She first came by train, towards the end of the 1920’s — a beautiful young woman with little interest in her studies but an incredible lust for life. And life responded, in the magic of the summers that from then on she would always spend in Castiglioncello.
It was here that the young Suso Cecchi could enjoy and immerse herself in the teachings of the great masters that nurtured her soul, such as Fedele D’Amico, her future husband, or Roberto Longhi and Luigi Pirandello.
Giuseppe Ungaretti, Pirandello, Bontempelli and Pavolini would often entertain their friends with amusing short plays staged at the Ara del Littorio, a famous venue in the Marradi Pine forest. It was here that Suso made her debut, rattling off a few jokes that brought Pirandello to his knees in laughter, and where she discovered the joy of acting…
The years passed, along with the war, but Castiglioncello remained a vacation destination as well as a source of inspiration for those who would gather and get to know one another among the rocks or rest in the shade of the gardens and devote themselves to literature. Giovanni Spadolini and Indro Montanelli both spent time here, while Ungaretti never missed the chance for a brief stay, always finding magic and inspiration.
In the summer of 1959, in her “incredibly spacious but entirely dilapidated” Villa Bologna home, she worked alongside Visconti, Flaiano and Pratolini on the screenplay for Rocco and His Brothers (Rocco e i suoi fratelli), while Nino Rota would often play the piano looking out over the sea.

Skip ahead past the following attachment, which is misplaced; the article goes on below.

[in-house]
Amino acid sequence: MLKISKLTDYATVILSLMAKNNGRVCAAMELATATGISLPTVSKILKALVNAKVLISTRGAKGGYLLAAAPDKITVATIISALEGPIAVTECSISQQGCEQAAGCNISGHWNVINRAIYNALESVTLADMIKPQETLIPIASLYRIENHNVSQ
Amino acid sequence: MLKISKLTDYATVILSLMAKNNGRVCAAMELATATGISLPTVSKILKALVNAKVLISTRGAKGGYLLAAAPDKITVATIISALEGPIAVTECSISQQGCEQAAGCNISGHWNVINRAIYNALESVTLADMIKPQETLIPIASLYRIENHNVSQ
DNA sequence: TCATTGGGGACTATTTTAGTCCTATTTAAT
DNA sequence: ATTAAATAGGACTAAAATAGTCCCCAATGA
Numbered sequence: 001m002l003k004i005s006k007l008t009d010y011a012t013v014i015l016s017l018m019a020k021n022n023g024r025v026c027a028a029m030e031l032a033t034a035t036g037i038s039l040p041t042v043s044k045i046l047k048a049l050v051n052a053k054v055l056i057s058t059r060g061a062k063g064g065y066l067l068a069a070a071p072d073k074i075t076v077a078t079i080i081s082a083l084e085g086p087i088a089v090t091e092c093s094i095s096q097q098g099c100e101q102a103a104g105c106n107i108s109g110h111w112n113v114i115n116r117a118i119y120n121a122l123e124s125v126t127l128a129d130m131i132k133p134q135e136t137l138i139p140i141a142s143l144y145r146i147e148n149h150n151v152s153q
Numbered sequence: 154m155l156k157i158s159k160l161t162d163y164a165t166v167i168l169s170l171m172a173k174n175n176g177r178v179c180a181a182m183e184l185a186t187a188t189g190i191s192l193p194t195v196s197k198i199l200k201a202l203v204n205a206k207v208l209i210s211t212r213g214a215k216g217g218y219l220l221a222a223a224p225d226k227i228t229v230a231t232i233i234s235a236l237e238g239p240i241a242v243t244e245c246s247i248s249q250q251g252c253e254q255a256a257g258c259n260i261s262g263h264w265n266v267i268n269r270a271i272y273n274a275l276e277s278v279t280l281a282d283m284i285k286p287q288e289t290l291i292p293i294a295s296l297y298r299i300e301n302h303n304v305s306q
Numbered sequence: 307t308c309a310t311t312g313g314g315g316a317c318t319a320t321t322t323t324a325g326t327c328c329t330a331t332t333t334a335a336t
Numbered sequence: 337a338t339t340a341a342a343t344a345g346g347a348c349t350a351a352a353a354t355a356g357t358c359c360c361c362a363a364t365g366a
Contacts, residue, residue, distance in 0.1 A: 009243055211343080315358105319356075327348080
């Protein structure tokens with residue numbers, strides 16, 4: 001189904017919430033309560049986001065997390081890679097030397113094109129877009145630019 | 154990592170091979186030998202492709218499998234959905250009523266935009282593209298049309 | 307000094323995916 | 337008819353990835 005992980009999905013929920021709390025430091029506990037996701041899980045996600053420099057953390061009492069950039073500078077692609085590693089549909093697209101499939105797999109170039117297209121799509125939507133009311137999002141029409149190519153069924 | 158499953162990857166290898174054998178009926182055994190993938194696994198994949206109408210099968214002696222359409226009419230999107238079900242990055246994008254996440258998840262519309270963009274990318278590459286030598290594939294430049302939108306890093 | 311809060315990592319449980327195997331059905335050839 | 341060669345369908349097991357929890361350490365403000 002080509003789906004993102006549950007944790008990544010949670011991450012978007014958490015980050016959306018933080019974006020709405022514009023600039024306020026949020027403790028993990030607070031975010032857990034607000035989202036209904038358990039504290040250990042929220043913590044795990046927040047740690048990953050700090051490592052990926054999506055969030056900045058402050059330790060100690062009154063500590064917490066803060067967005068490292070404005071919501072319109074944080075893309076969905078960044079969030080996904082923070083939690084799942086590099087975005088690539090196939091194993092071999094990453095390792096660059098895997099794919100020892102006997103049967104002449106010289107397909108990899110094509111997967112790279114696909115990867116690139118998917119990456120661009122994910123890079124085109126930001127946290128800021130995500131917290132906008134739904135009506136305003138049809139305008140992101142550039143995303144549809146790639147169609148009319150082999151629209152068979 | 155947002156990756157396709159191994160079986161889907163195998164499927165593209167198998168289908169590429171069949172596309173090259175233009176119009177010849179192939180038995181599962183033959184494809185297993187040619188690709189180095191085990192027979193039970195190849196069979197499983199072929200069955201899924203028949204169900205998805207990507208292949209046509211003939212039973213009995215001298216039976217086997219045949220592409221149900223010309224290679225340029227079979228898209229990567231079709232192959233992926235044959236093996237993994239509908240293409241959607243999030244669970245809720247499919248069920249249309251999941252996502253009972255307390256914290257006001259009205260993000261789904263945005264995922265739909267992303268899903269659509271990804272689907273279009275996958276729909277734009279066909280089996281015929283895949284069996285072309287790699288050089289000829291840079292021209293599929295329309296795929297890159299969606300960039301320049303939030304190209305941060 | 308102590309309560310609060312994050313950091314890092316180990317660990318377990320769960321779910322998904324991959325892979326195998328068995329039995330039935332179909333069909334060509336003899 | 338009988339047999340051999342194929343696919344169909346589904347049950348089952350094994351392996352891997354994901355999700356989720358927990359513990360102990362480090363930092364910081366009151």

She would open the window of her studio, breath in the salt water, cast a glance to the north towards the cliffs and to the south where she would ironically marvel at the unnaturalbackdrop of the Solvay chemical plant, with its smoke stacks and white, calcium carbonate beaches.
Then she would walk to the water and immerse herself not only in the sea, but also in her work, in the screenplays from which masterpieces would emerge: Bicycle Thieves (Ladri di biciclette), Bellissima, The Leopard (il Gattopardo), The Adventures of Pinocchio (Le avventure di Pinocchio), among others.
On the beaches of Punta Righini, amidst the Mediterranean wind and the lapping of the waves, ideas were brought to life that only Castiglioncello could inspire. Visconti, Fellini, Rossellini, Antonioni, Zeffirelli, Monicelli and Comencini all shared with her this love that left an indelible impression here.
The rocks and pines of Castiglioncello remain unchanged. They are the genius loci that ever since captivating Diego Martelli and his Macchiaioli painters in the 1800’s have made this place one of the most beloved seaside homes for prominent figures of Italian culture. The soul of the place lives on today, felt in the moments when time stands still, then dissolves entirely, fully immersing you in your stay and the history that surrounds you.
Every year cinema and cultural events are held in Castiglioncello, nurturing a past seeking a place in the future by spotlighting young talents — directors and screenwriters, artists and intellectuals — that still today inextricably link their souls to this place.